Recipe: Start September with these simple skillet suppers | food

Recipe: Start September with these simple skillet suppers |  food

Is there anything better than being able to cook a weeknight dinner using only one pan? Christopher Kimball solves that for you in the newest Milk Street cookbook, β€œThe World in a Skillet.” With dishes from many countries and a 12-inch skillet, you get a huge number of opportunities to give you the help that we all need on a Monday night.

Stewed Spinach and Chickpeas with Lemon

Serves 4


3 tablespoons extra-virgin olive oil, plus more to serve

1 medium yellow onion, chopped

4 medium garlic cloves, smashed and peeled

Kosher salt and ground black pepper

3 scallions, thinly sliced, whites and greens reserved separately

1 tablespoon tomato paste 1 teaspoon ground cumin

Β½ teaspoon ground allspice

15Β½-ounce can chickpeas,

ΒΎ cup liquid reserved, drained

1 tablespoon grated lemon zest, plus 2 teaspoons lemon juice

10-ounce bunch spinach, trimmed of bottom 1 inch, roughly chopped

2 radishes, halved and thinly sliced

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In a 12-inch skillet over medium-high, heat the oil until shimmering. Add the onion, garlic and Β½-teaspoon each salt and pepper. Cook, stirring occasionally, until lightly browned, 4 to 6 minutes. Add the scallion whites, tomato paste, cumin and allspice. Continue to cook, stirring, until the mixture is well browned, about 2 minutes.

Stir in the chickpeas and their reserved liquid along with the lemon zest, scraping up any browned bits. Add the spinach a large handful at a time, stirring to help it wilt and adding more as space permits. Cover, reduce to medium and cook, stirring occasionally, until the spinach is tender, about 10 minutes.

Stir in the lemon juice, then taste and season with salt and pepper. Transfer to a serving dish and top with the radishes, scallion greens and an additional drizzle of oil.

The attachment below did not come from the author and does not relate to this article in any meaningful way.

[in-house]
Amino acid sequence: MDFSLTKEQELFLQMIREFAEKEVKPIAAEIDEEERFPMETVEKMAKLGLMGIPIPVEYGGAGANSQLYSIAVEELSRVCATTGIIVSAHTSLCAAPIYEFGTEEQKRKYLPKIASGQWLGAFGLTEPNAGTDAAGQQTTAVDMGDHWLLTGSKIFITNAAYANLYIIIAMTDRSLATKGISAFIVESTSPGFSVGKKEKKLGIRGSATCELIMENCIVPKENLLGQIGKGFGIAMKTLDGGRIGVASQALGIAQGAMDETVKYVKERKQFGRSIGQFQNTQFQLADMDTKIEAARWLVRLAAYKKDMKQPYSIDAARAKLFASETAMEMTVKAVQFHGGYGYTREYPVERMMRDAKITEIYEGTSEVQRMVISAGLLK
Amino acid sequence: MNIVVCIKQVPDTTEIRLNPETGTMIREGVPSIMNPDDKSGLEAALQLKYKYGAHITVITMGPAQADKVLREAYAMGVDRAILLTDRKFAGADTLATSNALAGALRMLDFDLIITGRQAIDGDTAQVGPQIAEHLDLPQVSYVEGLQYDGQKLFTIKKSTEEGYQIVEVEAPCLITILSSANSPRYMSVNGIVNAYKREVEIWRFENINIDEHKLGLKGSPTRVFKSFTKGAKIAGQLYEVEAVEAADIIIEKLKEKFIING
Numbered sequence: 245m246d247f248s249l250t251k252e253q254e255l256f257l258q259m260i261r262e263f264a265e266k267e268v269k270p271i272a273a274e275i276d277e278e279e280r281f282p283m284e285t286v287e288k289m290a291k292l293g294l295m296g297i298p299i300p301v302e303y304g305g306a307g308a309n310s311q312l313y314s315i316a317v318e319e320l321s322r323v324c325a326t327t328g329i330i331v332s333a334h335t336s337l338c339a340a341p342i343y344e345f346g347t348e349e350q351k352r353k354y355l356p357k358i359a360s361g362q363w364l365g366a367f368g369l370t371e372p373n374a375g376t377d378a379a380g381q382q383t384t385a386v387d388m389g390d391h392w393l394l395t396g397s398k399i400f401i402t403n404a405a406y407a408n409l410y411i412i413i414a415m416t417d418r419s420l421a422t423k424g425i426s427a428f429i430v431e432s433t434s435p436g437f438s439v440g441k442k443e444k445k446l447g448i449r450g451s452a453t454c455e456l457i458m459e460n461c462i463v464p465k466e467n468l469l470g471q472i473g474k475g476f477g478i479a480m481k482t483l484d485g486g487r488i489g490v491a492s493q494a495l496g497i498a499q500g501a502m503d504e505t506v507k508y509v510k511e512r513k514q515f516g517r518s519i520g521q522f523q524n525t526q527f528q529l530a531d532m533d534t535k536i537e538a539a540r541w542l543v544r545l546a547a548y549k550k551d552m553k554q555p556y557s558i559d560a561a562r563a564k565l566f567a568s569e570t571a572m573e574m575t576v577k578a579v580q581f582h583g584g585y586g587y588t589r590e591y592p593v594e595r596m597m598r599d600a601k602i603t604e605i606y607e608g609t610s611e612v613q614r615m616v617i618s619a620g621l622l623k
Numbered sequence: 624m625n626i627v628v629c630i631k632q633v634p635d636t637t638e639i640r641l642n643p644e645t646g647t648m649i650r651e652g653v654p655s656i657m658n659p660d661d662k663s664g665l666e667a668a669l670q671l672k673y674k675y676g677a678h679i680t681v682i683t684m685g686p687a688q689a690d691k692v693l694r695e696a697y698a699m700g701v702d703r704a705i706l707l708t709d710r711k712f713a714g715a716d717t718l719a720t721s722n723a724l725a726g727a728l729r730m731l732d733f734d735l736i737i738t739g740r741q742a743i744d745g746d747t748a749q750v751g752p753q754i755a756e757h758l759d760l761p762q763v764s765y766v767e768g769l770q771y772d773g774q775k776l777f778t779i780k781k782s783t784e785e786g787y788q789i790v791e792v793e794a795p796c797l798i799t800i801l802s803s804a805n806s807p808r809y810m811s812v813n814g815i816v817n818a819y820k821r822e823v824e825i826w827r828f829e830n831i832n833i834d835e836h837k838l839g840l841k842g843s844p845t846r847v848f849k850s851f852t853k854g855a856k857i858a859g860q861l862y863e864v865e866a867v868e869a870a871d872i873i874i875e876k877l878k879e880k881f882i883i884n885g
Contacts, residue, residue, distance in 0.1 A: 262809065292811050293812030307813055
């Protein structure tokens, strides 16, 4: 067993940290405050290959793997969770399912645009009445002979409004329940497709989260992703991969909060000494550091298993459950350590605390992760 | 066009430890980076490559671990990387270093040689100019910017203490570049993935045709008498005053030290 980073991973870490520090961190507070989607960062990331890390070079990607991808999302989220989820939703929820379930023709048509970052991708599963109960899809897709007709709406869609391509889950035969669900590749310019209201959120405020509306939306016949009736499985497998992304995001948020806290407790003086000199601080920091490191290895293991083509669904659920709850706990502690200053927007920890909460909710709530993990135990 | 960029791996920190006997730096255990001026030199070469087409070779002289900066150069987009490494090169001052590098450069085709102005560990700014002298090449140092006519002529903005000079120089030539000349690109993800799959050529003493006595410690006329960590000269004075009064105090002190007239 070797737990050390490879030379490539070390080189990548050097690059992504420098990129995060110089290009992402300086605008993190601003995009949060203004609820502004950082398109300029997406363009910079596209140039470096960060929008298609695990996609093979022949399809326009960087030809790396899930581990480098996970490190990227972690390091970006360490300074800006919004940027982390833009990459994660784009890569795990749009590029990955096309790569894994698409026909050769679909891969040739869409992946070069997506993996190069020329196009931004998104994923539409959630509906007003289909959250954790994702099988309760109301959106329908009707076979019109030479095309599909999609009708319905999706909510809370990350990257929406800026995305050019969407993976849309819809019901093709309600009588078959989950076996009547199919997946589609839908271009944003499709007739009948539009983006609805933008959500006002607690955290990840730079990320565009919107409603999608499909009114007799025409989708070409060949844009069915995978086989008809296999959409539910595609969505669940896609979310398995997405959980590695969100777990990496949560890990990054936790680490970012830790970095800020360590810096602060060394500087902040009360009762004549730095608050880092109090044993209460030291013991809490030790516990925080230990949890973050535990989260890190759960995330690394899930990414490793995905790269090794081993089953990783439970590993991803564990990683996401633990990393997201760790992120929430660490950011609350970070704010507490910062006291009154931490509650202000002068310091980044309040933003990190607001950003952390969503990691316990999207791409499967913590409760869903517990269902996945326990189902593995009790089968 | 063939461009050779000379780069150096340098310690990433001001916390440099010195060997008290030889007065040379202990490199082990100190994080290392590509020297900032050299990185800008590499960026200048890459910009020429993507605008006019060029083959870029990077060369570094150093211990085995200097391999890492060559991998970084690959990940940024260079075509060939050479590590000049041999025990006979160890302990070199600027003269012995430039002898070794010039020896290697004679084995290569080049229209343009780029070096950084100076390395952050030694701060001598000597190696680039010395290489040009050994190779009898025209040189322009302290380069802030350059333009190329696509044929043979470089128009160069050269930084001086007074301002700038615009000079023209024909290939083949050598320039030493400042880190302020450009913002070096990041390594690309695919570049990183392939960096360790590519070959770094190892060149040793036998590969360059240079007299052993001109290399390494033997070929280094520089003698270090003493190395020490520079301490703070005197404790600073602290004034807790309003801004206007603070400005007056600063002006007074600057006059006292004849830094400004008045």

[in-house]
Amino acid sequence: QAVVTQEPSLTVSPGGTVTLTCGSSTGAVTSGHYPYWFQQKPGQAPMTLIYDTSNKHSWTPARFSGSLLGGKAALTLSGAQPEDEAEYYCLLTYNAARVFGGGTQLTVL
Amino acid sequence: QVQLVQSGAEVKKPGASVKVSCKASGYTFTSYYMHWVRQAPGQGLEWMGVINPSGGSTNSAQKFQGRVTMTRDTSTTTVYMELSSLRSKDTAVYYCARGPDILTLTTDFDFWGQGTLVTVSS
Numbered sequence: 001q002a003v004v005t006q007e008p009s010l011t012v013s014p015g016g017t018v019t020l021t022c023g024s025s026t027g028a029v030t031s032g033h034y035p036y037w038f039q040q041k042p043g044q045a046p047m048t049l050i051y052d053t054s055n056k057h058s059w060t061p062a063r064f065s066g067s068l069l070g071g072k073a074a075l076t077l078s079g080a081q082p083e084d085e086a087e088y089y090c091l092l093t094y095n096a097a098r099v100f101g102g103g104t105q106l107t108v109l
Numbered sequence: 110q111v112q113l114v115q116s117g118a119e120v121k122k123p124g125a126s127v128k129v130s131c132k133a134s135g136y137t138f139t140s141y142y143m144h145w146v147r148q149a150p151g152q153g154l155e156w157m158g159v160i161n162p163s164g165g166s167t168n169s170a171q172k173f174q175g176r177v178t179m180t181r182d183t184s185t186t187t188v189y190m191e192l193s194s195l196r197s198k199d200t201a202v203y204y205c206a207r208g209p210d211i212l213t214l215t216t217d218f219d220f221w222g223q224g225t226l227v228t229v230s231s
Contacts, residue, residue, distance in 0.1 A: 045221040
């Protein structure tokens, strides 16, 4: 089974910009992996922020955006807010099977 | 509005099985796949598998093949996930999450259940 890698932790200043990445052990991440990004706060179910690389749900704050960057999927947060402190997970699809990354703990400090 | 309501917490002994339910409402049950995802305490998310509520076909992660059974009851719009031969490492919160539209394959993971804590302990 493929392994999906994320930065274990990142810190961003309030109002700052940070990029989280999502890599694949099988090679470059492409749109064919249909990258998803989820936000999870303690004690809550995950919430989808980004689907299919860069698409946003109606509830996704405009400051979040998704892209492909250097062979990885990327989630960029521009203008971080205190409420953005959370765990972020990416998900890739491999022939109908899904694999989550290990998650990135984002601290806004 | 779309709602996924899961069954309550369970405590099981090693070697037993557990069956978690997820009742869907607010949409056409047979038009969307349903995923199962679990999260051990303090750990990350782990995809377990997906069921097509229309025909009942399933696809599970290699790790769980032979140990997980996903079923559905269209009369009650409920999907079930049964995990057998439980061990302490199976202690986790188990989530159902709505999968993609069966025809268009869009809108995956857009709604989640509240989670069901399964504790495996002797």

Don’t use baby spinach for this recipe, as the leaves are too delicate. Opt instead for mature spinach sold in bunches. Trim about 1-inch off the bottom of the bunch so you have a mixture of leaves and stems.

Sweet-and-Sour Stir-Fried Pork with Pineapple

Serves 4

Summerville couple's iPhone app helps home cooks build recipes hands-free

198_Sweet-and-Sour Stir-Fried Pork with Pineapple.JPG

Stir-fried pork with pineapple. Photography by Connie Miller of CB Creative/Provided


1Β½ pounds boneless pork shoulder, trimmed, cut into 2-inch-wide strips, and thinly sliced

3 tablespoons soy sauce, divided, plus more if needed

Β½ teaspoon plus 1 tablespoon white sugar, divided

1 tablespoon cornstarch

3 tablespoons grapeseed or other neutral oil

1 medium red bell pepper, stemmed, seeded and chopped

1 cup chopped fresh pineapple (Β½-inch chunks)

2 or 3 serrano chilies, stemmed, seeded and thinly sliced ​​on the diagonal

1-inch piece fresh ginger, peeled and cut into matchsticks (about 3 tablespoons)

β…“ cup unseasoned rice vinegar, plus more if needed

3 scallions, thinly sliced ​​on the diagonal


In a medium bowl, combine the pork, 1 tablespoon soy sauce, the Β½ teaspoon sugar and the cornstarch. Stir until the pork is evenly coated.

In a 12-inch nonstick skillet over medium-high, heat the oil until barely smoking. Add the pork in an even layer and cook, stirring only once or twice, until the pork is lightly browned, 4 to 5 minutes. Add the bell pepper and cook, stirring occasionally, until the pepper is lightly browned, 4 to 5 minutes. Add the pineapple, chilies and ginger, then cook, stirring occasionally, until the pineapple begins to brown, 2 to 3 minutes.

Stir in the vinegar, the remaining 2 tablespoons soy sauce and the remaining 1 tablespoon sugar. Cook, stirring often, until the meat and vegetables are lightly coated with the sauce, 1 to 2 minutes.

Off heat, taste and season with additional soy sauce and vinegar. Transfer to a serving dish and sprinkle with the scallions.

Avoid using canned pineapple for this recipe, but if prepping a whole pineapple is too much work, look for ones sold already cleaned in the produce section of the supermarket. Also, don’t use a conventional (ie, not nonstick) skillet. Without a nonstick coating, the sugars from the pineapple and sauce are likely to stick to the pan’s surface and scorch.

Excerpted from MILK STREET: THE WORLD IN A SKILLET by Christopher Kimball. Copyright Β© 2022 by CPK Media, LLC. Photography by Connie Miller of CB Creative. Used with permission of Voracious, an imprint of Little, Brown and Company. New York, NY. All rights reserved.

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